Civil war is often conceived as a sequence of stages: onset, course, termination, and aftermath. Countless studies have examined correlations among numerous independent variables and variation in the nature of these stages. For instance, how does the level of GDP align with onset? How does length of the war relate to termination?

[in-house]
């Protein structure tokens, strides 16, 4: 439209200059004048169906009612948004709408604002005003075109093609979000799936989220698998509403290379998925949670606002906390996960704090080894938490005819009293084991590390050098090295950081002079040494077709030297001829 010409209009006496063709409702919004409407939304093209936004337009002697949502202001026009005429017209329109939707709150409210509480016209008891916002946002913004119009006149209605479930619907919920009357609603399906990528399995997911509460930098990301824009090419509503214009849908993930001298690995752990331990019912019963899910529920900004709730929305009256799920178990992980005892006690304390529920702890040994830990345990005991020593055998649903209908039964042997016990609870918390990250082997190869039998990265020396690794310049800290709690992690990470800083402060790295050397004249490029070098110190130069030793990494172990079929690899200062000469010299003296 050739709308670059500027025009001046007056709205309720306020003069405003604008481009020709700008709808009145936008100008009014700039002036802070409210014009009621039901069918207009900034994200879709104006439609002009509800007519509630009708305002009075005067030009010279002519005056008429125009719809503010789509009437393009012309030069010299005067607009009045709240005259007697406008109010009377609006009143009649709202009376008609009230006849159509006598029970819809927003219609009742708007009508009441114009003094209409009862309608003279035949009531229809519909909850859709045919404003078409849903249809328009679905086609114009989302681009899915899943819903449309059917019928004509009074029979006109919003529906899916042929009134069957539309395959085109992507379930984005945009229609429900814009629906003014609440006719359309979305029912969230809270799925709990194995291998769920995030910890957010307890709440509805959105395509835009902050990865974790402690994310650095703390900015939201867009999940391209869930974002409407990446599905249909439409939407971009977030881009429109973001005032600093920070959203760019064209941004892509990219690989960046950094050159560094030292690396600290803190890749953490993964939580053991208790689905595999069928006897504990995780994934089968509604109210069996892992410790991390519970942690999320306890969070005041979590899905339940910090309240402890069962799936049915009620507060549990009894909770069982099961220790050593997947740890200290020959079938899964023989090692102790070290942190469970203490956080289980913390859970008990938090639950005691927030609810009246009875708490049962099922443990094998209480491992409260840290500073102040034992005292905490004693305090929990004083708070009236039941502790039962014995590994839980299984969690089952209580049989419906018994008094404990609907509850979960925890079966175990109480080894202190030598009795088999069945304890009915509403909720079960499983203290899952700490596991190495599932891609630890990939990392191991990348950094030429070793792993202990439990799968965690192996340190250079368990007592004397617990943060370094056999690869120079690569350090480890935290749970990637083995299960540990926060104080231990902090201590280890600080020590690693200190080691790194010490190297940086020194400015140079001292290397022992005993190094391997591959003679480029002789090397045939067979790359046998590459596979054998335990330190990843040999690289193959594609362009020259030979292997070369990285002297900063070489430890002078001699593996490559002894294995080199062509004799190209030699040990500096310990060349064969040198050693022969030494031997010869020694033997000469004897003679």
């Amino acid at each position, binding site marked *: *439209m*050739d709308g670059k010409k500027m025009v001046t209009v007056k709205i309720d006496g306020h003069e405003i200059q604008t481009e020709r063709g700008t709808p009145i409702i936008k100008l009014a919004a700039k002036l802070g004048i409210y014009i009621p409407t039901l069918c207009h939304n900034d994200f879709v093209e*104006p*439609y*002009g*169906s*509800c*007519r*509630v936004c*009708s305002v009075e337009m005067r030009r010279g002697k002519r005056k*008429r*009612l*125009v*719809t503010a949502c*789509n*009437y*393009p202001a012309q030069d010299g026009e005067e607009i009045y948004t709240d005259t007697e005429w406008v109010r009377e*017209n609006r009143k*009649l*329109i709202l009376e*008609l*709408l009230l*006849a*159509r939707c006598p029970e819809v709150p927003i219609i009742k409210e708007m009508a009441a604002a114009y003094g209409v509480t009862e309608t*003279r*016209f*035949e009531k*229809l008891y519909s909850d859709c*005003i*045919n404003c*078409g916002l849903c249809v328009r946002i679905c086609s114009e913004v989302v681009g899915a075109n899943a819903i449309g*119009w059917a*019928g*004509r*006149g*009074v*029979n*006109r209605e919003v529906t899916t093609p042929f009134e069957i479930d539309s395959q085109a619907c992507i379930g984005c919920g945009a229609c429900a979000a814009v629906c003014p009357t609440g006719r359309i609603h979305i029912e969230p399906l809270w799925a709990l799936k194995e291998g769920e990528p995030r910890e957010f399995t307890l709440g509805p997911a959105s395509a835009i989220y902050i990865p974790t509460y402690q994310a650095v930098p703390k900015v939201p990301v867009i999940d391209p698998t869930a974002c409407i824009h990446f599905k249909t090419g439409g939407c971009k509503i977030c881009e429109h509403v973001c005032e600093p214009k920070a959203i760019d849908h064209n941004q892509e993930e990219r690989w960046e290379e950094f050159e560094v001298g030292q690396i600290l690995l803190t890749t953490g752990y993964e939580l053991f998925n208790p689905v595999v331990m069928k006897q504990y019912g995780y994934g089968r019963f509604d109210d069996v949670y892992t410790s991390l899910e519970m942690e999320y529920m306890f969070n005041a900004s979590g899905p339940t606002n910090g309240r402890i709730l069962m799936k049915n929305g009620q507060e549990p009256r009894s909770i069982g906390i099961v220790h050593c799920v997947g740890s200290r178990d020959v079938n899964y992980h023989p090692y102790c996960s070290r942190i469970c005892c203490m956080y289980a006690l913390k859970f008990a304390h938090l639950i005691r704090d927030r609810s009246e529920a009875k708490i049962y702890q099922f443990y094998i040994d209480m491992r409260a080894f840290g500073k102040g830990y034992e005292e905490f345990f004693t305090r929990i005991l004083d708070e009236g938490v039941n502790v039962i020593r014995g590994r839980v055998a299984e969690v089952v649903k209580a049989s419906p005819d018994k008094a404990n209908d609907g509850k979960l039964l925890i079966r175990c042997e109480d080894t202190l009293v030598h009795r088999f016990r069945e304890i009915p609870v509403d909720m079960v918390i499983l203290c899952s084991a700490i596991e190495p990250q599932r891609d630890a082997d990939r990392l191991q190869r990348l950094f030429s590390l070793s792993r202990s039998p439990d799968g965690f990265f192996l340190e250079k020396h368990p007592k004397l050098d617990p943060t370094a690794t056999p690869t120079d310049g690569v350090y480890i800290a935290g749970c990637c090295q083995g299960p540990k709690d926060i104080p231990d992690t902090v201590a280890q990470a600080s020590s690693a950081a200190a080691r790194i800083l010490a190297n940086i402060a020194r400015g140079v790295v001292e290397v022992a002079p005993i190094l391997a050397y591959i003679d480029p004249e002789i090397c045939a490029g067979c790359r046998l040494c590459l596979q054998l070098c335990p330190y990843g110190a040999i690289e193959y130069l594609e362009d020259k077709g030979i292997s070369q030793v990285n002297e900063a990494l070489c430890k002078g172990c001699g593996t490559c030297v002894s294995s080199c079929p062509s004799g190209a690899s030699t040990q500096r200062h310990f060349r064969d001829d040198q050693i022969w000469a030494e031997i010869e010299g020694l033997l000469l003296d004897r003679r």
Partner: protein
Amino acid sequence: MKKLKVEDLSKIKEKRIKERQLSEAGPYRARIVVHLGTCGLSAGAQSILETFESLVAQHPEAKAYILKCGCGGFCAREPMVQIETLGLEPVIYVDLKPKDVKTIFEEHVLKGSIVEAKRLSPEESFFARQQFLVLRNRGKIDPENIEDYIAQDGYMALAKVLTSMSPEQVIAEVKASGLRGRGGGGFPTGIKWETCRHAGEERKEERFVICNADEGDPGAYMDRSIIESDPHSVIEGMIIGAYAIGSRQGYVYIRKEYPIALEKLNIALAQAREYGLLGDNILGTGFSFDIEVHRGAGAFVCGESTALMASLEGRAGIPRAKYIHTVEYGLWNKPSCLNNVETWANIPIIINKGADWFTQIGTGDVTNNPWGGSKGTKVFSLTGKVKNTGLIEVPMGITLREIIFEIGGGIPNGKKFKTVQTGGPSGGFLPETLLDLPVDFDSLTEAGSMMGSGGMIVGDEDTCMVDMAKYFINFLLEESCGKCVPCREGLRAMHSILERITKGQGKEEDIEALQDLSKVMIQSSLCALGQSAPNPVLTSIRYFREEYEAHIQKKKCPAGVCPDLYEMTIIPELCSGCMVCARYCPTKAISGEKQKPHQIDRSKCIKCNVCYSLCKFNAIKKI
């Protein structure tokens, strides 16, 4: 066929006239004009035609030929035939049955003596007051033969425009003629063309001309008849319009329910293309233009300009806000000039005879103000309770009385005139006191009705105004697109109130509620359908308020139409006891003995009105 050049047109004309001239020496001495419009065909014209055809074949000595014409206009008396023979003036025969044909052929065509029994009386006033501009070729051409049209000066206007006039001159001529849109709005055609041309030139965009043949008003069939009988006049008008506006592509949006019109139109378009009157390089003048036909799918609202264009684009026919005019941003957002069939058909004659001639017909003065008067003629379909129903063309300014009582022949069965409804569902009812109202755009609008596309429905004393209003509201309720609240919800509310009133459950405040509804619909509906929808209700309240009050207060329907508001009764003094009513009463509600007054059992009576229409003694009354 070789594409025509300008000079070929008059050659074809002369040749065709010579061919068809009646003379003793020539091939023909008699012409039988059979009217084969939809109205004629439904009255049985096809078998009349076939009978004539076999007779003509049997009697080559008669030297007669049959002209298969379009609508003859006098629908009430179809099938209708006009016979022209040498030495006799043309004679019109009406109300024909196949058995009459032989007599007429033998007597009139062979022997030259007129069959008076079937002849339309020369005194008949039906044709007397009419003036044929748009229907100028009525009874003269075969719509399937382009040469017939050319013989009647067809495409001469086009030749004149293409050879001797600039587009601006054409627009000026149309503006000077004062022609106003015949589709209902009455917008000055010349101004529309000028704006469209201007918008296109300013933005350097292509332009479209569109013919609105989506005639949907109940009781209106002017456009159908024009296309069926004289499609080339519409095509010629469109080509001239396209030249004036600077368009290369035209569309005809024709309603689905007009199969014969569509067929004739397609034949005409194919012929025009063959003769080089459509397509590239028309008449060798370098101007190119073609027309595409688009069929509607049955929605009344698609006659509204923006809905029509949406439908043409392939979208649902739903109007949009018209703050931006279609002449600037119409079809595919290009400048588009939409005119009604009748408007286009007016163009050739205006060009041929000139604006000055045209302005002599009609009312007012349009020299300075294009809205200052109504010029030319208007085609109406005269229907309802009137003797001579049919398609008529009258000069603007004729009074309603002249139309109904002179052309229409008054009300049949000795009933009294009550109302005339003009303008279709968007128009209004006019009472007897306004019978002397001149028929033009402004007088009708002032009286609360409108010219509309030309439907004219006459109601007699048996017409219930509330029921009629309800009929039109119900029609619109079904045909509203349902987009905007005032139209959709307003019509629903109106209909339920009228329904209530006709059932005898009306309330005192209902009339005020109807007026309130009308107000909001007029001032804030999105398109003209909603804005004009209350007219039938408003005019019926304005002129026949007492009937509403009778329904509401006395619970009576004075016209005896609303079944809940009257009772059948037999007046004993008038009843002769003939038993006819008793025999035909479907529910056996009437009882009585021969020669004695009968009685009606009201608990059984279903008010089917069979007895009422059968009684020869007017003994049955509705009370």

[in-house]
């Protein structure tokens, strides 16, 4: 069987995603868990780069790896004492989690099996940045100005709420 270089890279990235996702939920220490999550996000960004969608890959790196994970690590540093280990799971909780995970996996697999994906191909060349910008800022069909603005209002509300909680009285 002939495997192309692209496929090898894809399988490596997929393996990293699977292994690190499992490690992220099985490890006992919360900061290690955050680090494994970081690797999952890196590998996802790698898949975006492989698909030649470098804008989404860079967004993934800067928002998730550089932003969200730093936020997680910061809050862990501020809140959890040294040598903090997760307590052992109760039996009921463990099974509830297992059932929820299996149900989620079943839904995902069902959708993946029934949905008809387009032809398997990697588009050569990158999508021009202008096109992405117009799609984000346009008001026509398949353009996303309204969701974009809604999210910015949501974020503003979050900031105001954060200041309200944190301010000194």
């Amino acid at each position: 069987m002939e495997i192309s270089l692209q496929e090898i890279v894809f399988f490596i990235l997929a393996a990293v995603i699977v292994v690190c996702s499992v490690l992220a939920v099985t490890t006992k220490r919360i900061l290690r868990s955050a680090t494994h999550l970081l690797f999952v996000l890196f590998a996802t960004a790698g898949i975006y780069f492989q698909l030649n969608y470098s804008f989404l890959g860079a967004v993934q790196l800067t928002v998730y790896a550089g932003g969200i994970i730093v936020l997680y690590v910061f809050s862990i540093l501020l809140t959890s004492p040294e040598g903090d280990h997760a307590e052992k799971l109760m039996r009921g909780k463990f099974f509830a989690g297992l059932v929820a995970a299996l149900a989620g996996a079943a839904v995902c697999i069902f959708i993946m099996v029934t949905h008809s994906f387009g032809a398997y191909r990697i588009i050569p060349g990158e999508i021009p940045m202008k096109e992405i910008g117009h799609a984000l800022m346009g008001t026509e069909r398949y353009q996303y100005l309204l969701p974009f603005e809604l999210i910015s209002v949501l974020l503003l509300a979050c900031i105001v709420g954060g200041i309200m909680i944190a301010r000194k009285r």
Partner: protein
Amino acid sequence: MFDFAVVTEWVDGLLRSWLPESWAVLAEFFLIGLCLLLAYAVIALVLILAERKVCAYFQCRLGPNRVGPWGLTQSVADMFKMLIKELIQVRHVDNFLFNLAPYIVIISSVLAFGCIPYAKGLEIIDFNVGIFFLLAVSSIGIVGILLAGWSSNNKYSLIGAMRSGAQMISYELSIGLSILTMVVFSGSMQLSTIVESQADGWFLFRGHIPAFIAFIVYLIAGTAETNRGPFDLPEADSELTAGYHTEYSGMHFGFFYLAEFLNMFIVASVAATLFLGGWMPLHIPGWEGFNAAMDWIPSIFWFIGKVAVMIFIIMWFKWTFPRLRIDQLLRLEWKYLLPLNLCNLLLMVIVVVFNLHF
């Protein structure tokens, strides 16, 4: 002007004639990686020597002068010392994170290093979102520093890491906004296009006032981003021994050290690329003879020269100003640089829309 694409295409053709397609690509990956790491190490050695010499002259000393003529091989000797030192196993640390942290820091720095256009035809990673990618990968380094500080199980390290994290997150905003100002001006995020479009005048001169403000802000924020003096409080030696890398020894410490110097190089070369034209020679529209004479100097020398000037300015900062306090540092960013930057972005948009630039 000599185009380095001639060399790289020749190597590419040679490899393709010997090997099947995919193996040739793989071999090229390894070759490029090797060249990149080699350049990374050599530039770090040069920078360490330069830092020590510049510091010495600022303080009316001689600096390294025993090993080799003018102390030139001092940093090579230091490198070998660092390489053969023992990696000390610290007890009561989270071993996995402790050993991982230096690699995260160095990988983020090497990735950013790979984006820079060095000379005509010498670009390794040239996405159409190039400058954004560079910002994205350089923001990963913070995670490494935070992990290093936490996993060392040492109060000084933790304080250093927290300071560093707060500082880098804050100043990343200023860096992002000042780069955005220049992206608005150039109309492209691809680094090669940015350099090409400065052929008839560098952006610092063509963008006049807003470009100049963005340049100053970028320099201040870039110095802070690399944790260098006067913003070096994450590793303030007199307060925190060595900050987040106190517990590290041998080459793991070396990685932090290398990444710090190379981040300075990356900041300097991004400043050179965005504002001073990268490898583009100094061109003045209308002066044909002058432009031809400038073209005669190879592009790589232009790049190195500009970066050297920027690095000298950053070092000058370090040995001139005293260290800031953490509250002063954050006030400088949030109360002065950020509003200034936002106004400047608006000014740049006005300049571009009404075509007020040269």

These variables fail to capture one of the essential aspects of civil war: is intrinsic violence. Human beings are programmed to respond to violence with emotions. Killing creates fear, desecration produces anger, destruction may generate despair. On the positive side, resistance to invasion or victory on the battlefield may generate hope and pride. These emotions can be treated as mechanisms within the process of civil war. They are mechanisms that shape belief-formation, distort information gathering, structure preference formation, and affect identity formation within the course of civil war. Once experienced, these emotions remain as a residue of the experience of violence that affects chances for termination and post-war reconciliation.